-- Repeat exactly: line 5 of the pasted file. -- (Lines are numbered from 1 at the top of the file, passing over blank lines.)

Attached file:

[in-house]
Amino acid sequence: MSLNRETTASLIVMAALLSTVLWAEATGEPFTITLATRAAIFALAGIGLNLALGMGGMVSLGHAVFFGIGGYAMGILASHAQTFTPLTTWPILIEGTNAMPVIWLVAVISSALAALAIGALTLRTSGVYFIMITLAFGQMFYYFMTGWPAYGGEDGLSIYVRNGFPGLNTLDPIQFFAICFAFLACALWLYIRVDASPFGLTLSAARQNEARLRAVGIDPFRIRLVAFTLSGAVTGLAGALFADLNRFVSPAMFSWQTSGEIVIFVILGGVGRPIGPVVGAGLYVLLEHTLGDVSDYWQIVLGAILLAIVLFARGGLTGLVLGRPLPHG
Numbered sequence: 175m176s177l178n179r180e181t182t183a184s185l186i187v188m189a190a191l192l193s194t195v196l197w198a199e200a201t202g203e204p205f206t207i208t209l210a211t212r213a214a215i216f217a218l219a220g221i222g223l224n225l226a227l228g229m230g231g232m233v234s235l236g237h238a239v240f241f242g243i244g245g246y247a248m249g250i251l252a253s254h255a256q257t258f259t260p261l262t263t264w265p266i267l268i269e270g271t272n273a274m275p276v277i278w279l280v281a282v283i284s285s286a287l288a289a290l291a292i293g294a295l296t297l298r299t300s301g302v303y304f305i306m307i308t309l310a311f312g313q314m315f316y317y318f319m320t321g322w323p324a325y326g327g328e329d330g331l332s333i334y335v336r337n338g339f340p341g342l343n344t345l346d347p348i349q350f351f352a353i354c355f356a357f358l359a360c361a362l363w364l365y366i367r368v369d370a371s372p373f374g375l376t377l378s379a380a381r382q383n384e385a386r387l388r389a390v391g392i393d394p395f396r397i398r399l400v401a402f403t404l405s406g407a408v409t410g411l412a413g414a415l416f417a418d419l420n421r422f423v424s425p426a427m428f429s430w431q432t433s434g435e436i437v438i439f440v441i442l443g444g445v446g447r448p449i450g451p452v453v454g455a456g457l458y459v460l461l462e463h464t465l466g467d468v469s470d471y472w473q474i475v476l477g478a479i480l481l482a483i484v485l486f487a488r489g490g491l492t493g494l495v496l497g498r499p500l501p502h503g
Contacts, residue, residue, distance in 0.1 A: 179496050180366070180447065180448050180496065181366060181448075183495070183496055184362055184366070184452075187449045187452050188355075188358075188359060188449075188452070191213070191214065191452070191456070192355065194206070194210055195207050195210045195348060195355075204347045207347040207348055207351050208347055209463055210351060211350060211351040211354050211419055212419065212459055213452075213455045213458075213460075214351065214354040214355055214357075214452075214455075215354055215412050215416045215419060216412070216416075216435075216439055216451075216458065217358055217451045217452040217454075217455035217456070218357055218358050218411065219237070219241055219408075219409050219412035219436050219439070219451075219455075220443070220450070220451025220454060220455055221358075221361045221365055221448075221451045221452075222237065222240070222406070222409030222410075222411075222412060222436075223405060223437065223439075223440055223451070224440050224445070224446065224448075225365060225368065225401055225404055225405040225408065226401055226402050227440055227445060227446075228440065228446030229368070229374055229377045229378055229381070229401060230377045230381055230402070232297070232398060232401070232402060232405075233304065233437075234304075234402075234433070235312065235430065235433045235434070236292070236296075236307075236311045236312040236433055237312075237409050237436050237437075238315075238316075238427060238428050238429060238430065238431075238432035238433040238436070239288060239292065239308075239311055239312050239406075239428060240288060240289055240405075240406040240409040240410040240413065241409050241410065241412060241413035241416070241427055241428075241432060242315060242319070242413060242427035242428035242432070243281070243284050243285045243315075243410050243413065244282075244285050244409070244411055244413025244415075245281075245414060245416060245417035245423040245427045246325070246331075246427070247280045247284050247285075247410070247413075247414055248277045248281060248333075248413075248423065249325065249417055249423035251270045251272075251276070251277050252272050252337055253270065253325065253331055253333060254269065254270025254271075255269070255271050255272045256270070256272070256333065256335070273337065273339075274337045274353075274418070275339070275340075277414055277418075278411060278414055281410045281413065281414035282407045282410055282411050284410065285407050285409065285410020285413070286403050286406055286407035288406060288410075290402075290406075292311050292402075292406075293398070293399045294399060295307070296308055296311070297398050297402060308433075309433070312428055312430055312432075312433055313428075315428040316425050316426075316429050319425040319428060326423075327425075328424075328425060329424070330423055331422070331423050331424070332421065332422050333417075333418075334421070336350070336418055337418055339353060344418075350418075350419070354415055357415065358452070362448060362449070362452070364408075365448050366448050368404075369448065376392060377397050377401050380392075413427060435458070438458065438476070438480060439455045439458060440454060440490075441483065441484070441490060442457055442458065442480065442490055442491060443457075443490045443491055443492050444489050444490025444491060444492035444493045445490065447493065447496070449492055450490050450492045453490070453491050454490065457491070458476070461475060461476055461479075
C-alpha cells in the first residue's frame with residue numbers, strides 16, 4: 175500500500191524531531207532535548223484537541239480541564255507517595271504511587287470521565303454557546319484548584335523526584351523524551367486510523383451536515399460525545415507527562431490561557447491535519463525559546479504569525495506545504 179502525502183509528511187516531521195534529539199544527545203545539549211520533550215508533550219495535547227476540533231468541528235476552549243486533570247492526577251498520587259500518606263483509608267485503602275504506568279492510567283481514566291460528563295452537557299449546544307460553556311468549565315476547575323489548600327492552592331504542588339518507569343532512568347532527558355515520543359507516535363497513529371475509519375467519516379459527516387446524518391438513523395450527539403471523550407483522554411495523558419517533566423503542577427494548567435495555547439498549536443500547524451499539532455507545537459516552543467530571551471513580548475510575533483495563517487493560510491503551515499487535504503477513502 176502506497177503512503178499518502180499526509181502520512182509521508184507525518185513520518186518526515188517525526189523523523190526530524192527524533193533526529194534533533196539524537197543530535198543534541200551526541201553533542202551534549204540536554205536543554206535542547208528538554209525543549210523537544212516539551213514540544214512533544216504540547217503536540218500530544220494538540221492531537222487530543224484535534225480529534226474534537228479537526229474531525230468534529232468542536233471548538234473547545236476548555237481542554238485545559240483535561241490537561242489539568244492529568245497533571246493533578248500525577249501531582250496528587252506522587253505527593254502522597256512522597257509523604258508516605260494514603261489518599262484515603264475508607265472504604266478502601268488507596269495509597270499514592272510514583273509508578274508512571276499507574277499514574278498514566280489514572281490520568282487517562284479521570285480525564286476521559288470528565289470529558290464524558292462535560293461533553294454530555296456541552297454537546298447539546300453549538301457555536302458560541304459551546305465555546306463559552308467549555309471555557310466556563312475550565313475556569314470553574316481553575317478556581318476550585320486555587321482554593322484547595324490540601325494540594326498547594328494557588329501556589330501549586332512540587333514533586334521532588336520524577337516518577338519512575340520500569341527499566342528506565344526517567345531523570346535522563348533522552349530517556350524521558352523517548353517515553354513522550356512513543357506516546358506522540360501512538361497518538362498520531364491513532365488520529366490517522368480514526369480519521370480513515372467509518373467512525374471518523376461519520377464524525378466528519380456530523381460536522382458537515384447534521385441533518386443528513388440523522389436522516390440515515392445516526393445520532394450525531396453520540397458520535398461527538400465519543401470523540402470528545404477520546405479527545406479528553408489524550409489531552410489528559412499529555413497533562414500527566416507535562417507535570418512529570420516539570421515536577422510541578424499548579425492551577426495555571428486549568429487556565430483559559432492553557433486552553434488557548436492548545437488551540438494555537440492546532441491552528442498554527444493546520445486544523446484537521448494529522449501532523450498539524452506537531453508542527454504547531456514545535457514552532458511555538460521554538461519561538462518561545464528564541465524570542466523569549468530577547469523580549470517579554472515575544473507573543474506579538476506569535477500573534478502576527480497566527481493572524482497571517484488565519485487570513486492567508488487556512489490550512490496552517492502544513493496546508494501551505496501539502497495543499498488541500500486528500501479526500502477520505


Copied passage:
C-alpha cells in the first residue's frame with residue numbers, strides 16, 4: 175500500500191524531531207532535548223484537541239480541564255507517595271504511587287470521565303454557546319484548584335523526584351523524551367486510523383451536515399460525545415507527562431490561557447491535519463525559546479504569525495506545504 179502525502183509528511187516531521195534529539199544527545203545539549211520533550215508533550219495535547227476540533231468541528235476552549243486533570247492526577251498520587259500518606263483509608267485503602275504506568279492510567283481514566291460528563295452537557299449546544307460553556311468549565315476547575323489548600327492552592331504542588339518507569343532512568347532527558355515520543359507516535363497513529371475509519375467519516379459527516387446524518391438513523395450527539403471523550407483522554411495523558419517533566423503542577427494548567435495555547439498549536443500547524451499539532455507545537459516552543467530571551471513580548475510575533483495563517487493560510491503551515499487535504503477513502 176502506497177503512503178499518502180499526509181502520512182509521508184507525518185513520518186518526515188517525526189523523523190526530524192527524533193533526529194534533533196539524537197543530535198543534541200551526541201553533542202551534549204540536554205536543554206535542547208528538554209525543549210523537544212516539551213514540544214512533544216504540547217503536540218500530544220494538540221492531537222487530543224484535534225480529534226474534537228479537526229474531525230468534529232468542536233471548538234473547545236476548555237481542554238485545559240483535561241490537561242489539568244492529568245497533571246493533578248500525577249501531582250496528587252506522587253505527593254502522597256512522597257509523604258508516605260494514603261489518599262484515603264475508607265472504604266478502601268488507596269495509597270499514592272510514583273509508578274508512571276499507574277499514574278498514566280489514572281490520568282487517562284479521570285480525564286476521559288470528565289470529558290464524558292462535560293461533553294454530555296456541552297454537546298447539546300453549538301457555536302458560541304459551546305465555546306463559552308467549555309471555557310466556563312475550565313475556569314470553574316481553575317478556581318476550585320486555587321482554593322484547595324490540601325494540594326498547594328494557588329501556589330501549586332512540587333514533586334521532588336520524577337516518577338519512575340520500569341527499566342528506565344526517567345531523570346535522563348533522552349530517556350524521558352523517548353517515553354513522550356512513543357506516546358506522540360501512538361497518538362498520531364491513532365488520529366490517522368480514526369480519521370480513515372467509518373467512525374471518523376461519520377464524525378466528519380456530523381460536522382458537515384447534521385441533518386443528513388440523522389436522516390440515515392445516526393445520532394450525531396453520540397458520535398461527538400465519543401470523540402470528545404477520546405479527545406479528553408489524550409489531552410489528559412499529555413497533562414500527566416507535562417507535570418512529570420516539570421515536577422510541578424499548579425492551577426495555571428486549568429487556565430483559559432492553557433486552553434488557548436492548545437488551540438494555537440492546532441491552528442498554527444493546520445486544523446484537521448494529522449501532523450498539524452506537531453508542527454504547531456514545535457514552532458511555538460521554538461519561538462518561545464528564541465524570542466523569549468530577547469523580549470517579554472515575544473507573543474506579538476506569535477500573534478502576527480497566527481493572524482497571517484488565519485487570513486492567508488487556512489490550512490496552517492502544513493496546508494501551505496501539502497495543499498488541500500486528500501479526500502477520505